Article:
Academic journal article Global Governance

Prevention of Violent Conflict: Tasks and Challenges for the United Nations

Academic journal article Global Governance

Prevention of Violent Conflict: Tasks and Challenges for the United Nations

Article excerpt

In endorsing the recommendations of the High-level Panel on Threats, Challenges and Change, then UN Secretary-General Kofi Annan committed to strengthening the organization's function to prevent armed conflict. A review of the UN's track record in the three types of conflict prevention--operational, structural, and systemic--shows its success has been limited to cases of interstate conflict between smaller powers. Serious political and institutional obstacles will continue to thwart the UN in preventing wars between powerful states or managing internal conflicts. However, the renewed prevention agenda offers an opportunity to Secretary-General Ban Ki-moon and his team to refocus the UN's efforts to take advantage of the organization's potential as a catalyst and strategic center of political action while keeping a realistic view of its capabilities to implement conflict prevention in different contexts. KEYWORDS: conflict prevention, United Nations, preventive diplomacy, armed conflict, peacebuilding.

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In endorsing the recommendations of the High-level Panel on Threats, Challenges and Change (HLP) in 2004, then Secretary-General Kofi Annan committed the United Nations to a newly elaborated doctrine of conflict prevention. (1) If such an agenda is to be more than rhetorical, it will have to overcome basic structural weaknesses of the UN that inhibit it from preventing and managing incipient conflicts that are internal to states or that involve great powers.

By almost any measure, the UN's record in preventing armed conflict has been mixed to poor. UN activities in conflict prevention have centered on the preventive diplomacy and mediating functions of the secretary-general's office and the Department of Political Affairs (DPA). The UN has tried to develop more comprehensive strategies for prevention through the Interdepartmental Framework for Co-ordination on Early Warning and Preventive Action (generally called the Framework Team [FT]) established in 1995. The FT brings together all departments, funds, and agencies, plus the World Bank, to pool information and analysis and develop multidisciplinary strategies to be implemented by the UN organization itself.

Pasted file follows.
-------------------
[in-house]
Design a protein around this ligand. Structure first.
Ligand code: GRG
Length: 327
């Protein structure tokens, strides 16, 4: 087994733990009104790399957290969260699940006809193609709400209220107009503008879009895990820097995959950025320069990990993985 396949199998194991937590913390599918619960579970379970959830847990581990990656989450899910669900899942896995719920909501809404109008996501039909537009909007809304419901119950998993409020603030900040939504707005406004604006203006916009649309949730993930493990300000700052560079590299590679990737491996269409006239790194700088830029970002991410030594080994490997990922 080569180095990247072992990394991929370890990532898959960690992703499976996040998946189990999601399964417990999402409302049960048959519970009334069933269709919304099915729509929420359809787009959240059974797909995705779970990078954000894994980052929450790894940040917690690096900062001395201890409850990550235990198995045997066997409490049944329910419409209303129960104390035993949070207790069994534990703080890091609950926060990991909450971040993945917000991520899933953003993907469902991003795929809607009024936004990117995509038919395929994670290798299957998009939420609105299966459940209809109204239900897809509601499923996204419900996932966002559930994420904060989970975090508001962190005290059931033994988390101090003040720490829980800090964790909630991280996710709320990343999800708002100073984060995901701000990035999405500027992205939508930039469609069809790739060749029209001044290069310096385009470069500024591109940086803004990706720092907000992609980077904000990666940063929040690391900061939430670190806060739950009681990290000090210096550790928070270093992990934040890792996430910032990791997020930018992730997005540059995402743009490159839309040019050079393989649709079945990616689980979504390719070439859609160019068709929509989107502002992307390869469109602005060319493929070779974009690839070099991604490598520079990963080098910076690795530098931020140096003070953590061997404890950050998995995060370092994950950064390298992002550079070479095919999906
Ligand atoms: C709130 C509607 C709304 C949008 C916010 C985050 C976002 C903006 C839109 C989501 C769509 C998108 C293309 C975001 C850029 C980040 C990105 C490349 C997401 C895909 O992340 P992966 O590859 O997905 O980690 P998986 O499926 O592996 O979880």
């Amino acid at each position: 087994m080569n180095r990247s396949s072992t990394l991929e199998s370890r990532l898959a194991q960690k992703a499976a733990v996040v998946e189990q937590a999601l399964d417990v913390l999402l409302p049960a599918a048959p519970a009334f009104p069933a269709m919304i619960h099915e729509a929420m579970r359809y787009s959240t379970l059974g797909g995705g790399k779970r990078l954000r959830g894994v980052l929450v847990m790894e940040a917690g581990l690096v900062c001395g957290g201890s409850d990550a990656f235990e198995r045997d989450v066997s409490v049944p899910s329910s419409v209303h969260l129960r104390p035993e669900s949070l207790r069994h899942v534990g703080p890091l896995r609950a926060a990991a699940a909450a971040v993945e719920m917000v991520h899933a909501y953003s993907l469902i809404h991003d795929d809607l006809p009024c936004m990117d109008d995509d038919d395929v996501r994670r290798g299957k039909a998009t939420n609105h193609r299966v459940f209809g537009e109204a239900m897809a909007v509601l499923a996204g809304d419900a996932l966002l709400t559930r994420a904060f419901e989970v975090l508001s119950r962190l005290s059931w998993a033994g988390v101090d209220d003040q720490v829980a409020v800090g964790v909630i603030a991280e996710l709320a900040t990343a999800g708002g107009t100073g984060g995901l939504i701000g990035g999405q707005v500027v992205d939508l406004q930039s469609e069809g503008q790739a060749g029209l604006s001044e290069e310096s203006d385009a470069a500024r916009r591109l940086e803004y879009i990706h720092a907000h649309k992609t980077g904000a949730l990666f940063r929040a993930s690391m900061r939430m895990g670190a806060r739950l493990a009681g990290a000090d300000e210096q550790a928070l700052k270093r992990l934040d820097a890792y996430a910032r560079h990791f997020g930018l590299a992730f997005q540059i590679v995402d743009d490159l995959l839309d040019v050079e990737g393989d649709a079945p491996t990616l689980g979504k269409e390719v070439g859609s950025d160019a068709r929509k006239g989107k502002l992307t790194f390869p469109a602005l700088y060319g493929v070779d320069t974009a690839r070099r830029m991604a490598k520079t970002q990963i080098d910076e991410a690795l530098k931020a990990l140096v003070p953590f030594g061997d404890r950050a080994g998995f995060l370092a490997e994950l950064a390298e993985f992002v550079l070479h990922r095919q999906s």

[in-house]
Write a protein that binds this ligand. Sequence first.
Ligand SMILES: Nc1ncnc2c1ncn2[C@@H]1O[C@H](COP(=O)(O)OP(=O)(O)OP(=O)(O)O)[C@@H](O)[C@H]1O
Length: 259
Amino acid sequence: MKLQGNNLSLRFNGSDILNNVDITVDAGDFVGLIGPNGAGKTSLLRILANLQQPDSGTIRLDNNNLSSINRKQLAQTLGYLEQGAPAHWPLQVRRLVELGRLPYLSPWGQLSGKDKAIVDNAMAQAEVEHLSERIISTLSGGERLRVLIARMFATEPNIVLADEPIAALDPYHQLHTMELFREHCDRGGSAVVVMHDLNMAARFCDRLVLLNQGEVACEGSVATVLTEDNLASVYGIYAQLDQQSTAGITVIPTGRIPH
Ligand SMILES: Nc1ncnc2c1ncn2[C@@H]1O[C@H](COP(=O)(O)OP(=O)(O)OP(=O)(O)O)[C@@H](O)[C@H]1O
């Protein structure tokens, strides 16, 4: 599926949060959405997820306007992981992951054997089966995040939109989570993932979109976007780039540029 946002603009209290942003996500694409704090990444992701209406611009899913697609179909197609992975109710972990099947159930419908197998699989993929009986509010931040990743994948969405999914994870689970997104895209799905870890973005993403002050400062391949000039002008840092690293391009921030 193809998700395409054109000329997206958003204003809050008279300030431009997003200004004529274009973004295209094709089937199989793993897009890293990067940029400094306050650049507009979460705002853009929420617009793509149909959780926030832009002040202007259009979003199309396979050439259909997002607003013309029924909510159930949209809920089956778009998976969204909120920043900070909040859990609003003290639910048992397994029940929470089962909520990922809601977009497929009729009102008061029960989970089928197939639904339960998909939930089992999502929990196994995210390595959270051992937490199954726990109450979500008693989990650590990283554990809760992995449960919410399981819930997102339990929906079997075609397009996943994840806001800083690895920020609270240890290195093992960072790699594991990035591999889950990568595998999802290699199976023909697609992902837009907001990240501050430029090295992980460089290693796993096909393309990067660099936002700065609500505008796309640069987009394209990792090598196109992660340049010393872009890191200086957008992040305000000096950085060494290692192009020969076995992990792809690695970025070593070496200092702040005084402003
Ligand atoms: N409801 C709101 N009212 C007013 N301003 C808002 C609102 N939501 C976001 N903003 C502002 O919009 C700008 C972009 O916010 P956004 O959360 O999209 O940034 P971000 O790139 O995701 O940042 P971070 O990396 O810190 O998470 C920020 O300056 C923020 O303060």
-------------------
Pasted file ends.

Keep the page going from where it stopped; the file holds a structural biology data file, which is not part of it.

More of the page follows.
The HLP recommended a significant strengthening of the political clout behind such strategies by recommending the use of the proposed Peace-building Commission (PBC) for early warning and prevention. In his report prior to the September 2005 World Summit, the secretary-general preemptively rejected the proposal, which was unlikely to win assent. He suggested instead that the PBC be available to assist states that seek support in developing capacities to prevent conflict. This intergovernmental body--since established--includes the UN's political owners, both donor and recipient government representatives, as well as international financial institutions (IFIs). A Peacebuilding Support Office in the Secretariat supports its work and also exercises budgetary authority over a Peacebuilding Fund.

The PBC could also help address additional, internal challenges of the UN. These include a deeply embedded inability to coordinate based on differing mandates, governance structures, and funding mechanisms of different parts of the organization; lack of capacity for knowledge-based strategic planning; weakness of structures to support regional cooperation for conflict prevention; and an introverted overemphasis on the tasks of intra-UN coordination to the detriment of the UN's potential to mobilize external actors.

This article delineates the three types of conflict prevention activities--operational, structural, and systemic--as seen against the UN's previous track record and its potential for playing critical roles in the future. It argues that the UN has had limited effectiveness as an implementer of conflict prevention programs, and shows greater promise as a norm setter and a catalyst and strategic center of political action. …

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